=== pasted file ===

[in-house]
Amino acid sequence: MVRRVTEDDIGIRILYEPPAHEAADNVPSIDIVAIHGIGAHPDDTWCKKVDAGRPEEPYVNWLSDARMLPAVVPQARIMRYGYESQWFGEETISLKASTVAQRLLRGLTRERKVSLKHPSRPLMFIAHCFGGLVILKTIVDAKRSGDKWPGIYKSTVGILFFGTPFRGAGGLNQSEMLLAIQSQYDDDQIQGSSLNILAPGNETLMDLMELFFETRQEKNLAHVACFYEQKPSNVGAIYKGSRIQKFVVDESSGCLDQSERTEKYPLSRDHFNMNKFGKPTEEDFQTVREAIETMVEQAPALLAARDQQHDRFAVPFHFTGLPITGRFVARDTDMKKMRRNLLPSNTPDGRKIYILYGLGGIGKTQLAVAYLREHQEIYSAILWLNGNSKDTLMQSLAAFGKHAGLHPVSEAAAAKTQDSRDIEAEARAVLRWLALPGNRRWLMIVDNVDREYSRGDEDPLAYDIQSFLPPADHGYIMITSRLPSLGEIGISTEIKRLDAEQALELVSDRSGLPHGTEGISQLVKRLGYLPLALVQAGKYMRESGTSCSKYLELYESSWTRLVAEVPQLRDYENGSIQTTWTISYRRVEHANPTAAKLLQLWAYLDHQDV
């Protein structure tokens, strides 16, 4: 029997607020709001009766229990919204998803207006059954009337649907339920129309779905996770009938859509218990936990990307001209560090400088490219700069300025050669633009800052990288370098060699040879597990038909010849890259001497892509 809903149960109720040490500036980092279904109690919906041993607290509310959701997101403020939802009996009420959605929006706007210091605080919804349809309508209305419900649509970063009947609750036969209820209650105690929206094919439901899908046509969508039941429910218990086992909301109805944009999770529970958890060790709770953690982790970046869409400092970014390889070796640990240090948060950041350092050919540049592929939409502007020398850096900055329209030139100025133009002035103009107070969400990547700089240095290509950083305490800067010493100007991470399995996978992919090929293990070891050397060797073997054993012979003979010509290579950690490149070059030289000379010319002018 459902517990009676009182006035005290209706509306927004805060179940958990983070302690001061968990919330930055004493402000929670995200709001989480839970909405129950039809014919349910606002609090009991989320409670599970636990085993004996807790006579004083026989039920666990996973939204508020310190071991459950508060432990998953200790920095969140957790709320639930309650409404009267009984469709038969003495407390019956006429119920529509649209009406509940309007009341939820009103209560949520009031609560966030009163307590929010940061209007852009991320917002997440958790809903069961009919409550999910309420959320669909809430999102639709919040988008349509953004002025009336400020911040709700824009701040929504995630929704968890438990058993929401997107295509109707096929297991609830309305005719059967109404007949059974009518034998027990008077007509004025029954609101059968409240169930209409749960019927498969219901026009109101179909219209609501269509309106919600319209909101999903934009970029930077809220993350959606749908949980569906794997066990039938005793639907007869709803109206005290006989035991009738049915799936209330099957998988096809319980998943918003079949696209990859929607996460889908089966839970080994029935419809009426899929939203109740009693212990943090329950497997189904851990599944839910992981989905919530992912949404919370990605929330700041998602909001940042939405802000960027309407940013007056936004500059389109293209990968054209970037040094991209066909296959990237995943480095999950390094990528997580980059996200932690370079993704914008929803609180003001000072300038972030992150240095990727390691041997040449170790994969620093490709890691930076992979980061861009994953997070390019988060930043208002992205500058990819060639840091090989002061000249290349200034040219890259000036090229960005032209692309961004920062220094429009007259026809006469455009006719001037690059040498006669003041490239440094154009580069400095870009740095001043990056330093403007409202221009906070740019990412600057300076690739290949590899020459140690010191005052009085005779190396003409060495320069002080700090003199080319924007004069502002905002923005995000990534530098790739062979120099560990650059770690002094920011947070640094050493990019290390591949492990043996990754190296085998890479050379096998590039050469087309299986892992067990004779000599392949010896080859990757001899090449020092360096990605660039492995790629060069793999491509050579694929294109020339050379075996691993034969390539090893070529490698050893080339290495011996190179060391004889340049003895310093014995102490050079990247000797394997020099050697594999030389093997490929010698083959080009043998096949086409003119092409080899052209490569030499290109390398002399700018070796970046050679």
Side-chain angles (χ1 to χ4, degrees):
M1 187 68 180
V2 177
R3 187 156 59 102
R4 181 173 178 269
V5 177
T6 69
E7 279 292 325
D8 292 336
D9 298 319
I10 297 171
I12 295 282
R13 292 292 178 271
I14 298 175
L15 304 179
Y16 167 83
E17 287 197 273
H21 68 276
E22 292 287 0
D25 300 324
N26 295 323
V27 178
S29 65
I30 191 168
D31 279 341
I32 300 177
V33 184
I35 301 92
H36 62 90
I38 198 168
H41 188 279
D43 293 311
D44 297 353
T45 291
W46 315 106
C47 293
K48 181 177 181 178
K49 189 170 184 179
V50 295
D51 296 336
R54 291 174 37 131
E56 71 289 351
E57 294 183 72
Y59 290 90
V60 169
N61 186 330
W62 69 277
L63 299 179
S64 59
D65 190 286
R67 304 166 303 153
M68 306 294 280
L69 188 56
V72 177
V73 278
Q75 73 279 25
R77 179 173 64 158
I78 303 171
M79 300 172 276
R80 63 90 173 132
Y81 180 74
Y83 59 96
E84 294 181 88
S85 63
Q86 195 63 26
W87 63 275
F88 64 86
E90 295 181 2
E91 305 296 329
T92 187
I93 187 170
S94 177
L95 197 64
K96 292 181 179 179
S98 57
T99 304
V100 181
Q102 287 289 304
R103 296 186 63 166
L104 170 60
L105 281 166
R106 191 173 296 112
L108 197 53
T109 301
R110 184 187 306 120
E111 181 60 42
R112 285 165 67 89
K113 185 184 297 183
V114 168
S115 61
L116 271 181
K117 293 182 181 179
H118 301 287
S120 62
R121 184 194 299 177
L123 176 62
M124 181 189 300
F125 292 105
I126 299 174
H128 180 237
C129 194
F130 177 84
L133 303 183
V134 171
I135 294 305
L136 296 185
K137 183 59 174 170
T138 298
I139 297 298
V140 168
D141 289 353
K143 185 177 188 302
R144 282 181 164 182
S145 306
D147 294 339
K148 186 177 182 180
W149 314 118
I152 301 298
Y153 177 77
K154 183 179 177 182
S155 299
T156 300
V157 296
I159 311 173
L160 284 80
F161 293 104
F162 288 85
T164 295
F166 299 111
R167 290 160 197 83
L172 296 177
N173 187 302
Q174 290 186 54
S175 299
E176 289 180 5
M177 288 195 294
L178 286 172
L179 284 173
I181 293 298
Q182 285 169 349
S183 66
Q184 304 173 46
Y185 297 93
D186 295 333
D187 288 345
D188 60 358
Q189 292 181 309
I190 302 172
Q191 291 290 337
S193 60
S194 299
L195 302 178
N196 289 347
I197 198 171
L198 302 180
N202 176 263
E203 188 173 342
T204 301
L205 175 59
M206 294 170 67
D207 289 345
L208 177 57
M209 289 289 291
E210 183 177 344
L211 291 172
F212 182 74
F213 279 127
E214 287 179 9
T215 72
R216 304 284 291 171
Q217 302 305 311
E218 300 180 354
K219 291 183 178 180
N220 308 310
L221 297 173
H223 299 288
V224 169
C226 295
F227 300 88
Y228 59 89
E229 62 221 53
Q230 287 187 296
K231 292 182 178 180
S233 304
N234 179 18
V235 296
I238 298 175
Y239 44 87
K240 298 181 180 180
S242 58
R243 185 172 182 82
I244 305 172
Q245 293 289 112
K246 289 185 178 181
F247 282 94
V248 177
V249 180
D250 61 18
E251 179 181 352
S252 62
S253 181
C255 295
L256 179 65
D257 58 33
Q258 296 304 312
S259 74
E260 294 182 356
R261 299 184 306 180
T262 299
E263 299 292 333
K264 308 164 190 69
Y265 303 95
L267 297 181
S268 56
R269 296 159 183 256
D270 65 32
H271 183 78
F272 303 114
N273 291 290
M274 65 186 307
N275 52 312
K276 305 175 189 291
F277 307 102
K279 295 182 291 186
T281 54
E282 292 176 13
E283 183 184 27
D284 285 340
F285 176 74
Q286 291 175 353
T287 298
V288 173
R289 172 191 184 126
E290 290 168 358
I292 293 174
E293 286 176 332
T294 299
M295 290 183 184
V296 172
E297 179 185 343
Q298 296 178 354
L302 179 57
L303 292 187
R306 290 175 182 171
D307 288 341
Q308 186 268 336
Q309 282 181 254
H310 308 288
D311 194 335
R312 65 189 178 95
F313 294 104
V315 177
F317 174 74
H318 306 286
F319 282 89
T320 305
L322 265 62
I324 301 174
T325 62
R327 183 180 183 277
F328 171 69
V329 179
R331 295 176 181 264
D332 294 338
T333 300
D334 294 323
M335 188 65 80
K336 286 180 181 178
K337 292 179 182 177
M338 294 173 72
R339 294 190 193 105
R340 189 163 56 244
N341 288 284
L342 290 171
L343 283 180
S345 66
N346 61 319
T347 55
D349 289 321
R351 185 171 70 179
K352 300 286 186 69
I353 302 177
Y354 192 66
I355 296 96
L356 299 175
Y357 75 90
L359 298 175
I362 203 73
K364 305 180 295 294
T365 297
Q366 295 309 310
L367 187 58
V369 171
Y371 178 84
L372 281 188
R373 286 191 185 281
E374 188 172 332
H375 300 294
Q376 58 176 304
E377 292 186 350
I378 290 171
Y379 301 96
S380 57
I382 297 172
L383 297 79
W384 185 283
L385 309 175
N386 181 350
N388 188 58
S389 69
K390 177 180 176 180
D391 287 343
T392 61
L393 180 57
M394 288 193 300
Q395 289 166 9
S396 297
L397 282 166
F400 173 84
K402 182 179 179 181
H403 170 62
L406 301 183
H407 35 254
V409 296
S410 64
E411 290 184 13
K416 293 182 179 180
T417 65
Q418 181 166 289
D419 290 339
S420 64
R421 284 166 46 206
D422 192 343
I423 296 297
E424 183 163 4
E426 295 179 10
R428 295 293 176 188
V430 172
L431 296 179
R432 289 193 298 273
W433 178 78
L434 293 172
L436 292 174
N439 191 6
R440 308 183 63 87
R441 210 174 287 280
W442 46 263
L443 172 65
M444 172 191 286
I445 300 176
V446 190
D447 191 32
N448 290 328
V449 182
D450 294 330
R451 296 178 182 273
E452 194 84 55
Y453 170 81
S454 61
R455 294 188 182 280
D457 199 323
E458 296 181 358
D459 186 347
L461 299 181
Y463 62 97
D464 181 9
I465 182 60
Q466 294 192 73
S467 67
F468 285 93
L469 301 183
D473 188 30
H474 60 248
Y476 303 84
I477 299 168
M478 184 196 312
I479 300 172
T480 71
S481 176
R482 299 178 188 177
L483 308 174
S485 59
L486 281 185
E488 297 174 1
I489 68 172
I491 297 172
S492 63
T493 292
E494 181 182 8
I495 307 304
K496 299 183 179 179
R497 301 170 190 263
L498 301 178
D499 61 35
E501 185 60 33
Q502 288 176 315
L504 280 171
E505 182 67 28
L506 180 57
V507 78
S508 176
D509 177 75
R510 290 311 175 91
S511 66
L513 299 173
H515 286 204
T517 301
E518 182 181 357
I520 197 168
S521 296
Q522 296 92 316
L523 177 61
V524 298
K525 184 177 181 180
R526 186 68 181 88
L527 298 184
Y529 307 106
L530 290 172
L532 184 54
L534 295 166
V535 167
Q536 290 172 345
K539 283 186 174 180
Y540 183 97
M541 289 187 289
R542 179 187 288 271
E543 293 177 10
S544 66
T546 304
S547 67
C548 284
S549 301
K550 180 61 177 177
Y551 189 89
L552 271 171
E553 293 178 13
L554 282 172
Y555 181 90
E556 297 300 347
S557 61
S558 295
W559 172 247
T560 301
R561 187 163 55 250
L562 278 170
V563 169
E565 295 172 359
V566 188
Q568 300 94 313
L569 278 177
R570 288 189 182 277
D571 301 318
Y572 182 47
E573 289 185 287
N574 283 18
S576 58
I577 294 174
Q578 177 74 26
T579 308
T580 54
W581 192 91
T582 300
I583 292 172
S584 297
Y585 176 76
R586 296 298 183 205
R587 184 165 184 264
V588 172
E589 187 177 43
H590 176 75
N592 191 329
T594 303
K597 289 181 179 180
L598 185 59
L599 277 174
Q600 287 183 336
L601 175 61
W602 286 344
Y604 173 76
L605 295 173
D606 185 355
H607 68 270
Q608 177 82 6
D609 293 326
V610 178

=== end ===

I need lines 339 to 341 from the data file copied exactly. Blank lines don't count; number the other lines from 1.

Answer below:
E426 295 179 10
R428 295 293 176 188
V430 172